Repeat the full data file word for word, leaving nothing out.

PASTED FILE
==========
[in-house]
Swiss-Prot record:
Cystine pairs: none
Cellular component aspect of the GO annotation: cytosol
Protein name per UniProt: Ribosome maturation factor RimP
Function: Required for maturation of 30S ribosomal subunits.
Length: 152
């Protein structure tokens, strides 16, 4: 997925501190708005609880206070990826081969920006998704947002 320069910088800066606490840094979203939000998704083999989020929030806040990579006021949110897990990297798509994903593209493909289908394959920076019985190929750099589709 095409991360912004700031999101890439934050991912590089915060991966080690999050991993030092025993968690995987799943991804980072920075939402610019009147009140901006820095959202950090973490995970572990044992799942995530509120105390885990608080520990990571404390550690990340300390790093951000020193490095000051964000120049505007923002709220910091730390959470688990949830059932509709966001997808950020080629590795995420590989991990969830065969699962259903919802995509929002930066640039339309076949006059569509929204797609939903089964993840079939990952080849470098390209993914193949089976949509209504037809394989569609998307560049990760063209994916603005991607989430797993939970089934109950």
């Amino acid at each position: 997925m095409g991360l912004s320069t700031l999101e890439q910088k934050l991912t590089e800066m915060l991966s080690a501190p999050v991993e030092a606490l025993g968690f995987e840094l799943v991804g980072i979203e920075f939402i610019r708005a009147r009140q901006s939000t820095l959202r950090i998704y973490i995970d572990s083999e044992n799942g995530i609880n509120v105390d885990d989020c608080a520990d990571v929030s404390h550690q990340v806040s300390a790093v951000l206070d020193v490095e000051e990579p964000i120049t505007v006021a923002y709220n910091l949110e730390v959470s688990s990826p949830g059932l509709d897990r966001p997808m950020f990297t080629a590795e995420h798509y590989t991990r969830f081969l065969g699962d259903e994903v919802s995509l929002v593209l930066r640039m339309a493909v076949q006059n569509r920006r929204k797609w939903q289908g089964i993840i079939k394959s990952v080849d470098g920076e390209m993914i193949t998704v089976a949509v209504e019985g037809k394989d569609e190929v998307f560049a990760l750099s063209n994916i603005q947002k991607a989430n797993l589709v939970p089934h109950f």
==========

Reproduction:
[in-house]
Swiss-Prot record:
Cystine pairs: none
Cellular component aspect of the GO annotation: cytosol
Protein name per UniProt: Ribosome maturation factor RimP
Function: Required for maturation of 30S ribosomal subunits.
Length: 152
């Protein structure tokens, strides 16, 4: 997925501190708005609880206070990826081969920006998704947002 320069910088800066606490840094979203939000998704083999989020929030806040990579006021949110897990990297798509994903593209493909289908394959920076019985190929750099589709 095409991360912004700031999101890439934050991912590089915060991966080690999050991993030092025993968690995987799943991804980072920075939402610019009147009140901006820095959202950090973490995970572990044992799942995530509120105390885990608080520990990571404390550690990340300390790093951000020193490095000051964000120049505007923002709220910091730390959470688990949830059932509709966001997808950020080629590795995420590989991990969830065969699962259903919802995509929002930066640039339309076949006059569509929204797609939903089964993840079939990952080849470098390209993914193949089976949509209504037809394989569609998307560049990760063209994916603005991607989430797993939970089934109950």
């Amino acid at each position: 997925m095409g991360l912004s320069t700031l999101e890439q910088k934050l991912t590089e800066m915060l991966s080690a501190p999050v991993e030092a606490l025993g968690f995987e840094l799943v991804g980072i979203e920075f939402i610019r708005a009147r009140q901006s939000t820095l959202r950090i998704y973490i995970d572990s083999e044992n799942g995530i609880n509120v105390d885990d989020c608080a520990d990571v929030s404390h550690q990340v806040s300390a790093v951000l206070d020193v490095e000051e990579p964000i120049t505007v006021a923002y709220n910091l949110e730390v959470s688990s990826p949830g059932l509709d897990r966001p997808m950020f990297t080629a590795e995420h798509y590989t991990r969830f081969l065969g699962d259903e994903v919802s995509l929002v593209l930066r640039m339309a493909v076949q006059n569509r920006r929204k797609w939903q289908g089964i993840i079939k394959s990952v080849d470098g920076e390209m993914i193949t998704v089976a949509v209504e019985g037809k394989d569609e190929v998307f560049a990760l750099s063209n994916i603005q947002k991607a989430n797993l589709v939970p089934h109950f």